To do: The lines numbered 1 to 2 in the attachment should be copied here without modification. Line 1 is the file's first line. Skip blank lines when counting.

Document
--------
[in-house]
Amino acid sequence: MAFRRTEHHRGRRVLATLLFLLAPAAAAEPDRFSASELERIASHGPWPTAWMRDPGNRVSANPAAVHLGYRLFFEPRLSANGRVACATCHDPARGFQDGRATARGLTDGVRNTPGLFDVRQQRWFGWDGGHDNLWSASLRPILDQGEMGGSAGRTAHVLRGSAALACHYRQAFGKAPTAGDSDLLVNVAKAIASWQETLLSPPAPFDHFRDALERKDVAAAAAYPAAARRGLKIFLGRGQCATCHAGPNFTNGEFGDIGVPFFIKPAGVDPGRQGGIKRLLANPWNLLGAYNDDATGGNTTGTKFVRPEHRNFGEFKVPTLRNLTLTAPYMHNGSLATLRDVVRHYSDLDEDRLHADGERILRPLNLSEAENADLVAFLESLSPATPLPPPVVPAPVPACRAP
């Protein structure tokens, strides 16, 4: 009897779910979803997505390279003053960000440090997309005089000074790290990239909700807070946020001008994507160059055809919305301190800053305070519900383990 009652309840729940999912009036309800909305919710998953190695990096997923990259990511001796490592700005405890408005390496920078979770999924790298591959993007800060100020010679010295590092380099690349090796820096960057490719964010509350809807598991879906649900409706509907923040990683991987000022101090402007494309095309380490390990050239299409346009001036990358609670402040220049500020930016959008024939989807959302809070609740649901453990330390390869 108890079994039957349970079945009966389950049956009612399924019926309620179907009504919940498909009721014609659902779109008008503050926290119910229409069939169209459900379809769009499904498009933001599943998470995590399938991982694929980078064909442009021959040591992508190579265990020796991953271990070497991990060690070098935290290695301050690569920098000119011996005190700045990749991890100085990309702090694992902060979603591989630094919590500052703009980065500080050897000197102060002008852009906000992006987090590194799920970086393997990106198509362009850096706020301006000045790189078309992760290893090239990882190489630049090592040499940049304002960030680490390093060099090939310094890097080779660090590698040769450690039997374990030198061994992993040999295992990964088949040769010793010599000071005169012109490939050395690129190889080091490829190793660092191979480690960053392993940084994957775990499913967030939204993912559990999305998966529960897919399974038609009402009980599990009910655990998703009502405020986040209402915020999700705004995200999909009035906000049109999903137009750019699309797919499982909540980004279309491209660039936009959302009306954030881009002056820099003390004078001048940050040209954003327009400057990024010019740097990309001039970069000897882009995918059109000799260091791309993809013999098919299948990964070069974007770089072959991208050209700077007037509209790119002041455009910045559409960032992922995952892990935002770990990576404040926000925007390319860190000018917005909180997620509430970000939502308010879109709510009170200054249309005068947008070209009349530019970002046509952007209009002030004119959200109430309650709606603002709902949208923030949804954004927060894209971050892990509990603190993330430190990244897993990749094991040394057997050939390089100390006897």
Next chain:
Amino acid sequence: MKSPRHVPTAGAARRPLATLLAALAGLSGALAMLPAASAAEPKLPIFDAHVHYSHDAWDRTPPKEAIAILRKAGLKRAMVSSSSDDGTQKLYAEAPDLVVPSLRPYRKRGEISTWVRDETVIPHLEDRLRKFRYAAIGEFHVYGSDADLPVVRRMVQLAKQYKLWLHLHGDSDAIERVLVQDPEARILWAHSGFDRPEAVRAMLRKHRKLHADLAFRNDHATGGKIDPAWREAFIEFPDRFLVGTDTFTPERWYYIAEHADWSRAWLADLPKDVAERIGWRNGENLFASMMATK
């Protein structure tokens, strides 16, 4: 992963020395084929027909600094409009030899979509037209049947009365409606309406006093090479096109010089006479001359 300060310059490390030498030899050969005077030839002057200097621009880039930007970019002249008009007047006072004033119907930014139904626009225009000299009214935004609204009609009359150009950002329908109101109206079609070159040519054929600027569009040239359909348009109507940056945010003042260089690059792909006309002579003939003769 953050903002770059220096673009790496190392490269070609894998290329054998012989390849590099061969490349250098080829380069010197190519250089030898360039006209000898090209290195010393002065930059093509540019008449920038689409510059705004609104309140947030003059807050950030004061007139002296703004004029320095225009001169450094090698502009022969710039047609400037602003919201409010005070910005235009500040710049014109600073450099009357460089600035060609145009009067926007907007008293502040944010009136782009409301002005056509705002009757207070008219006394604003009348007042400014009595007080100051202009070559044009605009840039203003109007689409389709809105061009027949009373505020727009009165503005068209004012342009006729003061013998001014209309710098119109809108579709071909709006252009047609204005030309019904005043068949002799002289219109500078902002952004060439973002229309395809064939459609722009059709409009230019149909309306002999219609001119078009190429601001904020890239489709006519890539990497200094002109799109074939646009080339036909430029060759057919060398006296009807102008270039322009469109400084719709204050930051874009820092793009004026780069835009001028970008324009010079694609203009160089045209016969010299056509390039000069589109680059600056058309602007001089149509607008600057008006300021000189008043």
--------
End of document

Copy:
[in-house]
Amino acid sequence: MAFRRTEHHRGRRVLATLLFLLAPAAAAEPDRFSASELERIASHGPWPTAWMRDPGNRVSANPAAVHLGYRLFFEPRLSANGRVACATCHDPARGFQDGRATARGLTDGVRNTPGLFDVRQQRWFGWDGGHDNLWSASLRPILDQGEMGGSAGRTAHVLRGSAALACHYRQAFGKAPTAGDSDLLVNVAKAIASWQETLLSPPAPFDHFRDALERKDVAAAAAYPAAARRGLKIFLGRGQCATCHAGPNFTNGEFGDIGVPFFIKPAGVDPGRQGGIKRLLANPWNLLGAYNDDATGGNTTGTKFVRPEHRNFGEFKVPTLRNLTLTAPYMHNGSLATLRDVVRHYSDLDEDRLHADGERILRPLNLSEAENADLVAFLESLSPATPLPPPVVPAPVPACRAP